I believe in salvation through Christ alone but my ideas of salvation have broadened beyond individual conversion to something more global and I no longer believe that salvation is one instantaneous event but rather involves God’s whole story of the redemption and reconciliation of his whole creation – justice. It is both now and eternal, both now and not yet, both now and an ongoing process. I believe Christ, through his incarnation, life, death, resurrection and ascension is the vehicle (for want of a less crude term) by which this occurs but am less interested in a person’s set of stated beliefs than the direction of their life.
On conversion I’m interested in people committing their lives to Christ but am less interested in this happening through an identifiable conversion experience that results in little else and am more interested in the journey of the life of the individual and the ongoing reshaping of a person into the image of Christ and God’s intention for our humanity. Sometimes that involves an immediate conversion experience, but sometimes it’s a long road where that ‘conversion’ may not be immediately identifiable… this doesn’t necessarily fit well with the desired outcome of much popular Evangelical work.
On the need to share the Gospel I say yes, yes and yes!!! But what we understand the Gospel to be here sees me part ways with many Evangelicals as again my understanding of that term broadens and becomes something bigger than the story often told to prompt conversions.
When I read John Wesley, both his sermons and his diaries, we’re not far apart but when I look at much of modern Evangelicalism, how it is defined and who its most parochial voices are, I find myself sooner turning to the desert fathers, the catholic mystics and the voices of eastern orthodoxy. I run to liturgy, sacraments (both were highly important to Wesley but are unfamiliar to much of modern Evangelicalism and scorned by far too many) and icons. I flee to a high view of communion and find my place in silence (I can’t do life well without it now) and the practices of contemplation – things often condemned in vast circles of Evangelicalism. I am most intensely interested in my union with God and the story of justice playing out in the world. I don’t find myself far apart from John Wesley but I find myself at a great distance from too many modern Evangelicals to properly use that term anymore.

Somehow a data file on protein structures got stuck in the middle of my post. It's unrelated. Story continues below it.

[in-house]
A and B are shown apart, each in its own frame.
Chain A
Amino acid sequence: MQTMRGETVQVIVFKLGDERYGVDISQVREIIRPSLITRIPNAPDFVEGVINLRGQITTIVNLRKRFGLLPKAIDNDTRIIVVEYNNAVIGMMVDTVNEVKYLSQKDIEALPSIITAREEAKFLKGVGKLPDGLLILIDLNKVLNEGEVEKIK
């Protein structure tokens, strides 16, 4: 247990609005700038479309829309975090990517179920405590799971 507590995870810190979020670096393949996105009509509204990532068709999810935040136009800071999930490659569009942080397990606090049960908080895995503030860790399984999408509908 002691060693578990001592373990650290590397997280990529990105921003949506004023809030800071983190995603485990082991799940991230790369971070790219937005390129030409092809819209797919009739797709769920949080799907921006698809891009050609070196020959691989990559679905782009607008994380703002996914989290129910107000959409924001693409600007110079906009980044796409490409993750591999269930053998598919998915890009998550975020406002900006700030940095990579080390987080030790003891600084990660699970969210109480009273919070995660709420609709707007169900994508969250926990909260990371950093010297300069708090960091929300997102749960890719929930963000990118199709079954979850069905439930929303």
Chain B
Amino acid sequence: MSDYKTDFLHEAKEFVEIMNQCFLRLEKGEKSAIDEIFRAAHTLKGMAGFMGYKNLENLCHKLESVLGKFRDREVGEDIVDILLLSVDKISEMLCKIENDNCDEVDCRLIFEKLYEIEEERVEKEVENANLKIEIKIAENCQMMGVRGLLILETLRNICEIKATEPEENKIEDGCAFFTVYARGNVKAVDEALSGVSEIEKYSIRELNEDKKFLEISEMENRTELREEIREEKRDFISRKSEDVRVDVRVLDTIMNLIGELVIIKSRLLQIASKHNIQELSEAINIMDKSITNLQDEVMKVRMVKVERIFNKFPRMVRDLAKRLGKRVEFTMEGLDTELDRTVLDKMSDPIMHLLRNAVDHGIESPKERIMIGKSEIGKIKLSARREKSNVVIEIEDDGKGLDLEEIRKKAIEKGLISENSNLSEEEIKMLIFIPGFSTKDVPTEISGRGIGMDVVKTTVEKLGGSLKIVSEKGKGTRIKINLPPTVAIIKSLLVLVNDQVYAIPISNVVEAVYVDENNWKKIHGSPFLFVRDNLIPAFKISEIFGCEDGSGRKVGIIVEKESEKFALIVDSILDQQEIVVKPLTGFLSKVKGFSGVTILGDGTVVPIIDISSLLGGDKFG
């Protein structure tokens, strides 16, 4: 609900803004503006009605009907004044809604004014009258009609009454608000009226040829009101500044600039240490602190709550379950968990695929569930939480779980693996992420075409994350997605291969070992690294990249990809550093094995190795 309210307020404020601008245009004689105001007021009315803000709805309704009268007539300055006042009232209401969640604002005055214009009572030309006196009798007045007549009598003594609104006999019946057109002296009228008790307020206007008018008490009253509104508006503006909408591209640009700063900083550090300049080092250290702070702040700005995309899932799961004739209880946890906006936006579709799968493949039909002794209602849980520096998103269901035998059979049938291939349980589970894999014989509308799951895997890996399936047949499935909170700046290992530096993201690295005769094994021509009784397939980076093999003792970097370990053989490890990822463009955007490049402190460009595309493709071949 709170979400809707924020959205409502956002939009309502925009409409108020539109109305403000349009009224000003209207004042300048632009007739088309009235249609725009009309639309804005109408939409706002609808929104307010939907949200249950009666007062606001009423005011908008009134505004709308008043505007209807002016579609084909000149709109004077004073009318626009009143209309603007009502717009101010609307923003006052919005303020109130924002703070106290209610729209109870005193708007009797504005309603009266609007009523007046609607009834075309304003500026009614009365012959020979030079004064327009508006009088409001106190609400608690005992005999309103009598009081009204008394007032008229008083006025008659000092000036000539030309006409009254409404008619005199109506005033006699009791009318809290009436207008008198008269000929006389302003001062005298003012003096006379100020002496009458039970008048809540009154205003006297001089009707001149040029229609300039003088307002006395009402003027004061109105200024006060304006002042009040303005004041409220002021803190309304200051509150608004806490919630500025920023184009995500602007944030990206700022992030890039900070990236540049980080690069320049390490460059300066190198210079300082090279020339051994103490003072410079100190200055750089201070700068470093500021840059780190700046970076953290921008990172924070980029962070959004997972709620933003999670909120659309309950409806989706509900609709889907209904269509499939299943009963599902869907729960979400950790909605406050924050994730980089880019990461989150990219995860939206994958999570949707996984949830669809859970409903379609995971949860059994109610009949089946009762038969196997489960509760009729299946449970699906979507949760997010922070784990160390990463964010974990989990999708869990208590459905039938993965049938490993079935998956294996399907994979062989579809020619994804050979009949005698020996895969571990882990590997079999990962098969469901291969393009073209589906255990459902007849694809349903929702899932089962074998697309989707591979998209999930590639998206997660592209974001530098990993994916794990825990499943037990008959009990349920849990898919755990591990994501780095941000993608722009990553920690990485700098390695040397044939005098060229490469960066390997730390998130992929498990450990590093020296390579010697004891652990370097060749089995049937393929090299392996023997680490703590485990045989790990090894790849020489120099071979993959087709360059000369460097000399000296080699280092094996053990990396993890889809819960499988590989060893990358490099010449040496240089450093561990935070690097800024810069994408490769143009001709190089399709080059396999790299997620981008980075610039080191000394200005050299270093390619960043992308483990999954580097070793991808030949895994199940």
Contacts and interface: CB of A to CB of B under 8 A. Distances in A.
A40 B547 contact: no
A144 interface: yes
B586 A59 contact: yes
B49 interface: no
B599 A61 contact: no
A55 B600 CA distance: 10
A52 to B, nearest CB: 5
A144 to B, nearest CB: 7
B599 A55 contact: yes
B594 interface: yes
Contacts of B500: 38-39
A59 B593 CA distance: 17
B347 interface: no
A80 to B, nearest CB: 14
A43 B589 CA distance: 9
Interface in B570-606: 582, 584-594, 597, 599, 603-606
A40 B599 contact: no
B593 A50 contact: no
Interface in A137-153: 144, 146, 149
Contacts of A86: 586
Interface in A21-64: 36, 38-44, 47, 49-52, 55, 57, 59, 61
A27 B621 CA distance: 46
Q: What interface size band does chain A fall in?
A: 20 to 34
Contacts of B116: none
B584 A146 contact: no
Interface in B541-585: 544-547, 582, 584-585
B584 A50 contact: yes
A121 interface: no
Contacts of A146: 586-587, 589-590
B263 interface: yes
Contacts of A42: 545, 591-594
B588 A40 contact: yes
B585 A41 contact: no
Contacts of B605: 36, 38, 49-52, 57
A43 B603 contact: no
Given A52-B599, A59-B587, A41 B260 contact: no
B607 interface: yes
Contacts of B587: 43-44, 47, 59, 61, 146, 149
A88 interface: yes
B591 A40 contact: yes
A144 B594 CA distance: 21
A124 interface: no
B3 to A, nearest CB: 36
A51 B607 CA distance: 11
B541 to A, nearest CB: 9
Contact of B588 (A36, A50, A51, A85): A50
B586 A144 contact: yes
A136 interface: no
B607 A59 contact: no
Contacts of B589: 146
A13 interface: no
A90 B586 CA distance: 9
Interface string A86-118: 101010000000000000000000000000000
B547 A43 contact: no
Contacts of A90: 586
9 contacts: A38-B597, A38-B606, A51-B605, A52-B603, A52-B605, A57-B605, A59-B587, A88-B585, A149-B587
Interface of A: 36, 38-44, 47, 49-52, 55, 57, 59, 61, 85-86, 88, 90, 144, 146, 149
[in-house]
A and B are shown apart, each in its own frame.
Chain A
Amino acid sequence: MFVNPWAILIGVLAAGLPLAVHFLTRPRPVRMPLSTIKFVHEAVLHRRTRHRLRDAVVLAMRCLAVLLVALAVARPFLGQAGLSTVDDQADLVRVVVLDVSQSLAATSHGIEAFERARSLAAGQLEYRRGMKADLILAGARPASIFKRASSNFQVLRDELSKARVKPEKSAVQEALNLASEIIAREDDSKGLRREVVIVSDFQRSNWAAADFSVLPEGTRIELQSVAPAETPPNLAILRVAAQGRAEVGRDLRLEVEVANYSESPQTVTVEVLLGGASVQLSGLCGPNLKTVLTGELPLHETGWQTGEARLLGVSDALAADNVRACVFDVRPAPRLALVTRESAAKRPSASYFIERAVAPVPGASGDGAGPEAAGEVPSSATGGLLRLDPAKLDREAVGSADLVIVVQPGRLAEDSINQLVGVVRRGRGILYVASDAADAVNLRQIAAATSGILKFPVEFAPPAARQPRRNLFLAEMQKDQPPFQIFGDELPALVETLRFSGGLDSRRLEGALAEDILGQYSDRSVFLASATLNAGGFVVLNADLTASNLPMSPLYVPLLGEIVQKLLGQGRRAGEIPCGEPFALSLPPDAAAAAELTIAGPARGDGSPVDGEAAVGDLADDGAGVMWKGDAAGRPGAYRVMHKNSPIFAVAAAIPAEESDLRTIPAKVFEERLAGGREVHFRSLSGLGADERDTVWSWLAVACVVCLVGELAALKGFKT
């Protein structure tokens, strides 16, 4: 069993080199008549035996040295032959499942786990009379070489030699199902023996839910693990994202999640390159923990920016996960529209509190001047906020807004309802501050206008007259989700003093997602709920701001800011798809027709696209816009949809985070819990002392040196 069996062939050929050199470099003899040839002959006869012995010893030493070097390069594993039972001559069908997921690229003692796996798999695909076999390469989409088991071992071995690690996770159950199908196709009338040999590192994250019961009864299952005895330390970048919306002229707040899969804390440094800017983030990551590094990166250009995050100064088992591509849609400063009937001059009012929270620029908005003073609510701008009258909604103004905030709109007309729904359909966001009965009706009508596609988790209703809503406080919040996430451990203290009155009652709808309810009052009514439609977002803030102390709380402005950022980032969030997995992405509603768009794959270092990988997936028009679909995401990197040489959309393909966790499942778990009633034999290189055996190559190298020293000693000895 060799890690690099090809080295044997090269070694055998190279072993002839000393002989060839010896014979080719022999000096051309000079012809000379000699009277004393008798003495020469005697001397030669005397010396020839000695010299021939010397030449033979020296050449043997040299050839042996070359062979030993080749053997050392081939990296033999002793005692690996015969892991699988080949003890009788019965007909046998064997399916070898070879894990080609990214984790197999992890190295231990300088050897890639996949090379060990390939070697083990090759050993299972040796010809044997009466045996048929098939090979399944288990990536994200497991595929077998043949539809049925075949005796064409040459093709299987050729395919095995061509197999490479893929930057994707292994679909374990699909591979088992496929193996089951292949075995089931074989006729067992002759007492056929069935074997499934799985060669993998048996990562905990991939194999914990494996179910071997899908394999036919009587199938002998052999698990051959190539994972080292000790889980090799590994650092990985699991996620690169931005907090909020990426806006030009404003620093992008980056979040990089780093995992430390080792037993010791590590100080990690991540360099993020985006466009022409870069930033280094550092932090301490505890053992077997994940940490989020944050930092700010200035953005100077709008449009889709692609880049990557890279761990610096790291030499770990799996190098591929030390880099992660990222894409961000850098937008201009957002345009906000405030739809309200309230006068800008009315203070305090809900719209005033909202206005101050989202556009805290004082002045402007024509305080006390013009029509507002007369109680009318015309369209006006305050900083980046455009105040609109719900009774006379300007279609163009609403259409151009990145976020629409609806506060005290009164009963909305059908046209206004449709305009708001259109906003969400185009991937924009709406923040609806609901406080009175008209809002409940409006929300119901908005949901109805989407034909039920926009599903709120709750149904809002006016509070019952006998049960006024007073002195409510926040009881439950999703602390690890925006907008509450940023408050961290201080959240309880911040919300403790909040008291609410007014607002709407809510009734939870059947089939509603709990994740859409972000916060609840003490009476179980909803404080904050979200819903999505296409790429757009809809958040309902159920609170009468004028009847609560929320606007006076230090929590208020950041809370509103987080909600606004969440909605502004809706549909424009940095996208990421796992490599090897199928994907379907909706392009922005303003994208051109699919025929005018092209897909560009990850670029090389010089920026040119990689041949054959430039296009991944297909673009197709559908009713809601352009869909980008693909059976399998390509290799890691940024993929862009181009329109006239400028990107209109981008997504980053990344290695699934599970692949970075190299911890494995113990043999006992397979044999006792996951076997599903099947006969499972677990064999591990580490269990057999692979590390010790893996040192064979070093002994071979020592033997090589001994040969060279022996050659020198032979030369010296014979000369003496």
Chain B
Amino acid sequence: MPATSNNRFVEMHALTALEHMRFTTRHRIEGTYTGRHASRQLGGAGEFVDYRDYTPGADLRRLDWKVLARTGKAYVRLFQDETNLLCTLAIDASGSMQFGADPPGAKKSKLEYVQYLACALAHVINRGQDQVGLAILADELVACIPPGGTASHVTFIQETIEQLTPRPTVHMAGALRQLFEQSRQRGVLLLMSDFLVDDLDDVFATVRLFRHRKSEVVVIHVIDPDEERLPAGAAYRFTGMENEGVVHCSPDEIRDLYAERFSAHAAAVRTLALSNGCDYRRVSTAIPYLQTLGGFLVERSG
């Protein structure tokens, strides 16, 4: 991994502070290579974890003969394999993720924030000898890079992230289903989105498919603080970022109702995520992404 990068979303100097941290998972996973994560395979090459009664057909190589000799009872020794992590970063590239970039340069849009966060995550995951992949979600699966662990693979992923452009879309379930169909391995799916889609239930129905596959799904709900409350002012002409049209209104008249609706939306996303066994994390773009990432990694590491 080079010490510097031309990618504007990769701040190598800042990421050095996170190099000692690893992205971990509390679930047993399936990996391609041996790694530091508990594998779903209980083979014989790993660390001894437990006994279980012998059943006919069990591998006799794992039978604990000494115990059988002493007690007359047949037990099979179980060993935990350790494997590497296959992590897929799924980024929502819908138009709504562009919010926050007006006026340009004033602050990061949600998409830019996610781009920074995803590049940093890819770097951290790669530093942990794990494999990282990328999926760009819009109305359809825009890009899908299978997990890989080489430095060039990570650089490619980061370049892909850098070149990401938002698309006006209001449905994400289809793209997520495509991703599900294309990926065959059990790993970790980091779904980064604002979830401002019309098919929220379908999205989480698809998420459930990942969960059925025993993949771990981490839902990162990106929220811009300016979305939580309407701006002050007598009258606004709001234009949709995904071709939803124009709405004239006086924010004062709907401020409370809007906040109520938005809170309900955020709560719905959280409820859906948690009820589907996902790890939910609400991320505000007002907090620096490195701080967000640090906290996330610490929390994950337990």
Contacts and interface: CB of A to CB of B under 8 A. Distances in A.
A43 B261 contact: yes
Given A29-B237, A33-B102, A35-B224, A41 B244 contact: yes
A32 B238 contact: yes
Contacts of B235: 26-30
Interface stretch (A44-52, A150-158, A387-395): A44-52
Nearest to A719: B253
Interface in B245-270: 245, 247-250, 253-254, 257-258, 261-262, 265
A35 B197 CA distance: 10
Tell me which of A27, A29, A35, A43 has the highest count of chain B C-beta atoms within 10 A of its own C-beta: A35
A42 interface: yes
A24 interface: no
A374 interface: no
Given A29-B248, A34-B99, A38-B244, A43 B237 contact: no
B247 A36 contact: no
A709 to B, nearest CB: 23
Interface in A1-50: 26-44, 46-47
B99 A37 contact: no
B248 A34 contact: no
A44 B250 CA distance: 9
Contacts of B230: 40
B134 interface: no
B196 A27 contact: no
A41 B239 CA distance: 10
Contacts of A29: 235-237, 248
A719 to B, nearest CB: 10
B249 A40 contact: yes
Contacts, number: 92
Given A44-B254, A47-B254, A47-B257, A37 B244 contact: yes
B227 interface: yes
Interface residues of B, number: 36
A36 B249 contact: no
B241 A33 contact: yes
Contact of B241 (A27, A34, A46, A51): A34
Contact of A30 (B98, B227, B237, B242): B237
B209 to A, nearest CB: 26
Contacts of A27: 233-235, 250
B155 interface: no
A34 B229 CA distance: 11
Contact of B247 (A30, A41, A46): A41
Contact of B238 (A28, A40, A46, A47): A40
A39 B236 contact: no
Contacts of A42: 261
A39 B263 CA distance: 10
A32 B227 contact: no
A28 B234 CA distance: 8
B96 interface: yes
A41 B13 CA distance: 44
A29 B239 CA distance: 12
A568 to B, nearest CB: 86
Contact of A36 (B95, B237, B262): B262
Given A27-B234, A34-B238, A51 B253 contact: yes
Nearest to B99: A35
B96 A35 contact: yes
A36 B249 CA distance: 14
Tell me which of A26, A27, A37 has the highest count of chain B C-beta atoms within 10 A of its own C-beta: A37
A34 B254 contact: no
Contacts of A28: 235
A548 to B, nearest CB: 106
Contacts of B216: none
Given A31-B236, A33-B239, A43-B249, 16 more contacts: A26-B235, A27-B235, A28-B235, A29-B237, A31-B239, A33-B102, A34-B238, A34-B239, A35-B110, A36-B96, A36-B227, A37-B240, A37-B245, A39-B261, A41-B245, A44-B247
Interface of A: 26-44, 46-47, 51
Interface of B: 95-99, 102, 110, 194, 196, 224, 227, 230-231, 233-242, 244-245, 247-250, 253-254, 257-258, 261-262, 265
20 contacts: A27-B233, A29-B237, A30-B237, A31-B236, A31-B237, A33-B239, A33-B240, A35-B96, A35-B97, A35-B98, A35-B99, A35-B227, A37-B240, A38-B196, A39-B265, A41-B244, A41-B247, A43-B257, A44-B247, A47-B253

I am aware that there is a difference between academic Evangelicalism and popular Evangelicalism but the latter is what defines the term in our culture and it is the latter I don’t sit well with so I am at a point where I am more comfortable with calling myself an Ecumenical Wesleyan Methodist than I am with calling myself Evangelical. Ecumenical because I turn to so many of the ancient traditions to inform my relationship with God and to be shaped by him; Wesleyan because I have an affinity with the life and teachings of John Wesley in all their messy enthusiasm and Methodist because I want to identify with that historical community and believe I carry the torch of that community somewhat. I have an affinity with historical Evangelicalism as presented in people like Wesley, but I do not sit well with much of its modern incarnation so it is no longer a term I feel comfortable using to help people understand where I fit.
I say none of this to disparage those who do self identify as Evangelical or to call for it to change to suit me, I just don’t think I can honestly say it’s a good description of who I am. I must also say that I’m open to being critiqued on this to show where I may be really off base as I would have no problem with continuing to use the term if it could be well demonstrated that someone such as myself could be wholly comfortable with it.